Suppose you wanted to do something big for the world mission of all Anglicans, independents, marginal Christians, Orthodox, Protestants and Roman Catholics. Suppose you were given $1.4 million to spend today and each day, what would that buy?
The experts figured out that with today’s amount you could place 286,000 Bibles in China. Or you could save up a year of $1.4 million days and have enough money to sponsor 17,400 missionaries at $30,000 a year each. If you want to pay the pittances that go to “national workers,” which means $100 per month average, you could field 5.2 million new workers.
Of course, only 5 percent of Christian giving goes to “foreign missions,” and globally the average Christian gives only $98 per year. If you wanted to match all of this day’s Christian donations, you could spend $26 million, or $19 billion in all of 2003. The projection for 2025 is that $65 billion will be available for all causes.
By 2025, unless human nature changes and antitheft devices improve, auto theft is projected to cost $20 billion a year, and so is pornography. Your $65 billion will even outpace amounts going to cocaine traffic, envisioned as consuming $40 billion that year.
That 5 percent of total giving that goes to world mission each year is matched by the percentage that goes to a surprising and regrettable source: ecclesiastical crime. I am citing figures from the World Evangelism Research Center, where the good people I have called “the experts” care about both missions and statistics. Since I don’t trust my math, you might check them out at: www.he.net/~dyngrafx/Megatr_15.html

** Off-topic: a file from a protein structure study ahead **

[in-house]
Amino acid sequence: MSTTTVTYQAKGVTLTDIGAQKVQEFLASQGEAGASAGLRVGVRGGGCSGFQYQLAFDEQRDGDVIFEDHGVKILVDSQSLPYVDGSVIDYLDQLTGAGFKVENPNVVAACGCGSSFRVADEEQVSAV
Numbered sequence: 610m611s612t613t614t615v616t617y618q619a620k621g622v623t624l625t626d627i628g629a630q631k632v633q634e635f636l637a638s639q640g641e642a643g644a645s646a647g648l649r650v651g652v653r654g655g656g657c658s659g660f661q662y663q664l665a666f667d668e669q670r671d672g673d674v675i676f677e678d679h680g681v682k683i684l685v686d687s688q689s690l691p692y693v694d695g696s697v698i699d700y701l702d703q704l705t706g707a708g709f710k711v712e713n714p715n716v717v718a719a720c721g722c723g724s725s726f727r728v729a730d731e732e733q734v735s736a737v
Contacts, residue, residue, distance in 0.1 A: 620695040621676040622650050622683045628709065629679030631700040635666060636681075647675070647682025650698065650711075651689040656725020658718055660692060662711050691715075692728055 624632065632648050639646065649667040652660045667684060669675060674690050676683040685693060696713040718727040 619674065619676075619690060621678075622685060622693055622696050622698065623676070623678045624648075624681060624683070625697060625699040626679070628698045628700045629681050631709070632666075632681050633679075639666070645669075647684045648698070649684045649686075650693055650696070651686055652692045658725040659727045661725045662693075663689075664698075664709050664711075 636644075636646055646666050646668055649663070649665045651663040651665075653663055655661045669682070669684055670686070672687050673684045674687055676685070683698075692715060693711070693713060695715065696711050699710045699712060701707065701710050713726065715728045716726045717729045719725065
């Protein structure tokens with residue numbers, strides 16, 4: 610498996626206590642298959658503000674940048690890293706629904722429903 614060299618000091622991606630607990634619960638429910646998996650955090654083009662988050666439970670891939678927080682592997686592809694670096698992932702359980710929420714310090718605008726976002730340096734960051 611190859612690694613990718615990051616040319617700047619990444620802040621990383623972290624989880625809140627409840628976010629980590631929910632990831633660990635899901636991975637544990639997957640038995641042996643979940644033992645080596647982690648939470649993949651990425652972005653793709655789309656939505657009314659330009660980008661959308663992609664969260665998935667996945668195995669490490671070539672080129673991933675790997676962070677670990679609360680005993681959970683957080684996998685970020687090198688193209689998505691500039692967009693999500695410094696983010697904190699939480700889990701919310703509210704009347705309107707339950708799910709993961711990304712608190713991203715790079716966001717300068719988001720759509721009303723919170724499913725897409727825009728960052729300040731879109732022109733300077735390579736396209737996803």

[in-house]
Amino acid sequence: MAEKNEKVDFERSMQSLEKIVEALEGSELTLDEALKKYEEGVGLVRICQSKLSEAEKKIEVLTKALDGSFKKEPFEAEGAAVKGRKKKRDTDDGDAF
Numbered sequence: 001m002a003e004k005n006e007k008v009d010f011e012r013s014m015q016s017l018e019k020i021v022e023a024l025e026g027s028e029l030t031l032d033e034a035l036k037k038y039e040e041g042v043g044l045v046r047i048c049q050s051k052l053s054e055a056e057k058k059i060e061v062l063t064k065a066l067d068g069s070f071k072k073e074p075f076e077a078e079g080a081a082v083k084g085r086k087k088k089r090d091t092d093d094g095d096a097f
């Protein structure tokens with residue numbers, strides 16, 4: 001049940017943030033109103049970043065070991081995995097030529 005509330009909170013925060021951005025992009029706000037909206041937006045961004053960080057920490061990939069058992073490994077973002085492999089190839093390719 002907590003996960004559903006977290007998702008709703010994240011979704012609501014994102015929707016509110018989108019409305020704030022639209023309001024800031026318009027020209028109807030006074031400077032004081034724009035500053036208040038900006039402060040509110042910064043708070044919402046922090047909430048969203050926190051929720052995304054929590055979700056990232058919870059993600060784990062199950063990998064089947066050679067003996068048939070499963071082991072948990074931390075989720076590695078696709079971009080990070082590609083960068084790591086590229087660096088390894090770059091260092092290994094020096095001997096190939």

There, David B. Barrett and Todd M. Johnson monitor the computers. They can also provide a 934-page, tri-columned, small-print compilation, World Christian Trends a.d. 30–a.d. 2200, for a price that amounts to the cost of a split second of prime ecclesiastical crime time. (It’s c/o William Carey Library, P.O. Box 40129, Pasadena CA 91114.)
Barrett and Johnson say that their figures derive from, for example, calculations of televangelist scandals, Ponzi schemes, embezzlements among counters in local churches, and “third-world nationals who see Western money as an easy target and set up bogus ministries to attract donations.” Barrett and Johnson also offer “Suggested Topics of Discussion” on how to prevent crime, how agencies can recover from financial scandals, and how small ministries can implement control systems. I’d add a fourth topic: how to sign on Attorney-General John Ashcroft, who is alert to things religious and is efficient about snooping on citizens. He may even have his eye on “third-world nationals.”
Suppose Barrett and Johnson have it all a bit—say, 100 times—wrong. Suppose their estimate were then only one-100th of the $19,000,000,000, or as I like to put it, nineteen thousand million dollars that they think will get siphoned off by embezzlers, fixers and others this year. That’s still an awful lot of money.
After all that supposing, I have one more topic for discussion: How do they and their research team know if the person who counts the money is sneaky, whether the embezzler is uncaught, or if the “third-world national” entrepreneur is skimming? How do Barrett and Johnson know what to feed into the computers so these figures come out?